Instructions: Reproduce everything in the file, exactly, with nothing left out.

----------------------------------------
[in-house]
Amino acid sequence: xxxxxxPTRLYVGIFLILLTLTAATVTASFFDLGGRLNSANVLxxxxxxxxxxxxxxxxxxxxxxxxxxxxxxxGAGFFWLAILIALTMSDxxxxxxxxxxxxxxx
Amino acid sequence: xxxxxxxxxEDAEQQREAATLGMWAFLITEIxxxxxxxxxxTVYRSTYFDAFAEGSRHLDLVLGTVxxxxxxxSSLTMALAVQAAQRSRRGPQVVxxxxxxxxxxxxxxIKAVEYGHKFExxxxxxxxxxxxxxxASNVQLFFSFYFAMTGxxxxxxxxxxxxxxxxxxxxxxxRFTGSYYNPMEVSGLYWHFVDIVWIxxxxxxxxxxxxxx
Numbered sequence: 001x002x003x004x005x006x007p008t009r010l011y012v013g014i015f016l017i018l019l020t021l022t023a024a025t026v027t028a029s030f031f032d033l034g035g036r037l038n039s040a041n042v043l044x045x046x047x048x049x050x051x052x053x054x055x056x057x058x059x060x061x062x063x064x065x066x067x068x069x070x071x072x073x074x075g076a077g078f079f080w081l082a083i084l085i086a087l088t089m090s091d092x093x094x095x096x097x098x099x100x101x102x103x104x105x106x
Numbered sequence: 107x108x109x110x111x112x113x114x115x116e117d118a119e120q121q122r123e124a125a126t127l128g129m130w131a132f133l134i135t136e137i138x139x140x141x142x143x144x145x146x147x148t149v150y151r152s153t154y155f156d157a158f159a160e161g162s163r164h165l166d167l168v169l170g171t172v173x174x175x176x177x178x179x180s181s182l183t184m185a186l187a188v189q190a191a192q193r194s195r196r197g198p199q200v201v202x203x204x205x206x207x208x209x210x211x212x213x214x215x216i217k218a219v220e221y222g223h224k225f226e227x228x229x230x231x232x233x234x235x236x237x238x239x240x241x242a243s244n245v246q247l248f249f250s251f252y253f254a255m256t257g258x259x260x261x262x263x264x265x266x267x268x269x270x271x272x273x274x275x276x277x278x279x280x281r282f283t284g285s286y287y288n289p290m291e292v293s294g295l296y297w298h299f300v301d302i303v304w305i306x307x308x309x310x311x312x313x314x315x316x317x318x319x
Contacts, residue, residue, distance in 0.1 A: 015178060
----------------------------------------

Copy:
[in-house]
Amino acid sequence: xxxxxxPTRLYVGIFLILLTLTAATVTASFFDLGGRLNSANVLxxxxxxxxxxxxxxxxxxxxxxxxxxxxxxxGAGFFWLAILIALTMSDxxxxxxxxxxxxxxx
Amino acid sequence: xxxxxxxxxEDAEQQREAATLGMWAFLITEIxxxxxxxxxxTVYRSTYFDAFAEGSRHLDLVLGTVxxxxxxxSSLTMALAVQAAQRSRRGPQVVxxxxxxxxxxxxxxIKAVEYGHKFExxxxxxxxxxxxxxxASNVQLFFSFYFAMTGxxxxxxxxxxxxxxxxxxxxxxxRFTGSYYNPMEVSGLYWHFVDIVWIxxxxxxxxxxxxxx
Numbered sequence: 001x002x003x004x005x006x007p008t009r010l011y012v013g014i015f016l017i018l019l020t021l022t023a024a025t026v027t028a029s030f031f032d033l034g035g036r037l038n039s040a041n042v043l044x045x046x047x048x049x050x051x052x053x054x055x056x057x058x059x060x061x062x063x064x065x066x067x068x069x070x071x072x073x074x075g076a077g078f079f080w081l082a083i084l085i086a087l088t089m090s091d092x093x094x095x096x097x098x099x100x101x102x103x104x105x106x
Numbered sequence: 107x108x109x110x111x112x113x114x115x116e117d118a119e120q121q122r123e124a125a126t127l128g129m130w131a132f133l134i135t136e137i138x139x140x141x142x143x144x145x146x147x148t149v150y151r152s153t154y155f156d157a158f159a160e161g162s163r164h165l166d167l168v169l170g171t172v173x174x175x176x177x178x179x180s181s182l183t184m185a186l187a188v189q190a191a192q193r194s195r196r197g198p199q200v201v202x203x204x205x206x207x208x209x210x211x212x213x214x215x216i217k218a219v220e221y222g223h224k225f226e227x228x229x230x231x232x233x234x235x236x237x238x239x240x241x242a243s244n245v246q247l248f249f250s251f252y253f254a255m256t257g258x259x260x261x262x263x264x265x266x267x268x269x270x271x272x273x274x275x276x277x278x279x280x281r282f283t284g285s286y287y288n289p290m291e292v293s294g295l296y297w298h299f300v301d302i303v304w305i306x307x308x309x310x311x312x313x314x315x316x317x318x319x
Contacts, residue, residue, distance in 0.1 A: 015178060